Developing-Leaders-issue - 23- Spring - 2016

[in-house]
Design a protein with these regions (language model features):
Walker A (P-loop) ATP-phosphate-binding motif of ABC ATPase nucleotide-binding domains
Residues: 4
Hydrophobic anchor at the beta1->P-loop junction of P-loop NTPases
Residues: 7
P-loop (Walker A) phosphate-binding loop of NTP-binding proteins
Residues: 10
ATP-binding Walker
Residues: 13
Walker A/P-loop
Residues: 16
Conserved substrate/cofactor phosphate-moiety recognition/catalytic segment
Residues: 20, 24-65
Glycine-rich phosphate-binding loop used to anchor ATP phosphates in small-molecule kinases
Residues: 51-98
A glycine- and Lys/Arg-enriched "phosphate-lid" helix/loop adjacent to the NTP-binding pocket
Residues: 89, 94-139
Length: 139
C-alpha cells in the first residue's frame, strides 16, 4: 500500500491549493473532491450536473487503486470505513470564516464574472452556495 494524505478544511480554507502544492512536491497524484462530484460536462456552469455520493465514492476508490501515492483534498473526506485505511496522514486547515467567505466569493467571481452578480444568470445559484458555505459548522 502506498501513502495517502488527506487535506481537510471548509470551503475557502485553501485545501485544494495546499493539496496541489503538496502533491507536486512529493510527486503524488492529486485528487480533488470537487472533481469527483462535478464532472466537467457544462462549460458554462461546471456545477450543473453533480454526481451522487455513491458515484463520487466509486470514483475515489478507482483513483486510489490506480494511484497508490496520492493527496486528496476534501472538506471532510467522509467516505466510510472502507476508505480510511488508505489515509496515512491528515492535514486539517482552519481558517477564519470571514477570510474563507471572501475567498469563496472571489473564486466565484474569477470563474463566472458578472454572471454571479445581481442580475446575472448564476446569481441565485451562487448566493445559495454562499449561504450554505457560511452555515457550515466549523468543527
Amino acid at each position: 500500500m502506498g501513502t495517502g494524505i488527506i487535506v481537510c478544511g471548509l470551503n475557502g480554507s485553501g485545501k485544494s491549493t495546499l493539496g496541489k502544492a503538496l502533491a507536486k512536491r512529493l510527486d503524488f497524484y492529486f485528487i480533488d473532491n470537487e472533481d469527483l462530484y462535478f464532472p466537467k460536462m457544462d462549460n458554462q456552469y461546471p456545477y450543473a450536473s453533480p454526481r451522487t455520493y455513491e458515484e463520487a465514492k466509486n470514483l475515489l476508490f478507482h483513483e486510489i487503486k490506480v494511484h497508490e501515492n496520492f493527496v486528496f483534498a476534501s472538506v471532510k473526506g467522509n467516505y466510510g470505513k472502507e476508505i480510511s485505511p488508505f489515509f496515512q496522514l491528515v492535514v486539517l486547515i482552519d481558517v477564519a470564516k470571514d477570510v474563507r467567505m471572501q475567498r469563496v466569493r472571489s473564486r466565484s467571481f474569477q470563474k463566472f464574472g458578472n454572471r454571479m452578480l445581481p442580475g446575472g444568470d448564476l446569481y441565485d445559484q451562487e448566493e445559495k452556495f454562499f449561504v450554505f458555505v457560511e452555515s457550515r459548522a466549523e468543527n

Executive Development Developing Leaders Issue 23: 2016 | 47 Starting what was likely the roller coaster ride of a lifetime, Barra embraced the multitude of challenges the CEO role presented, marshalled her team and resources, and successfully avoided whatever glass cliff may have been on the horizon. In the process, she deployed what I like to call ‘leadership jiu-jitsu’ by tapping her deep knowledge of GM to both activate and direct the positive energy of her people. Ultimately, she helped lead the company out of the public relations crisis and established herself as the respected head of the global automaker. Today, two years later, she has been rewarded with another promotion: The combined role of Chairman and CEO. As a company, the investment GM made in Barra has paid off. Starting her career there at age 18, Barra earned her engineering degree from General Motors Institute, a college owned by GM at the time. The company then sent Barra to Stanford University where she earned an MBA. In addition to helping build her academic credentials, GM also offered Barra a wide range of professional opportunities: Plant Manager, Detroit Hamtramck Assembly; Executive Vice President of Global Product Development, Purchasing and Supply Chain; Vice President of Global Manufacturing Engineering; Executive Director of Competitive Operations Engineering; and Vice President of Global Human Resources. Being too close to a situation (or knowing an organization too well) can sometimes become a handicap. In Barra’s case, it would seem she turned her closeness into a real strategic advantage. For example, when asked why she reduced GM’s corporate dress code from 10 pages to ‘dress appropriately’ while she was running human resources, Barra told an interviewer: “It really became a window into the change that we needed to make at General Motors…I can trust you with $10 million of budget and supervising 20 people, but I can’t trust you to dress appropriately? It was kind of a step in empowering…so this really encouraged people to step up.” Barra took her understanding of the specific environment at GM and was able to capture the kinetic energy within the system to create positive movement and change. Leadership Lesson #1 Keep it honest and keep it simple

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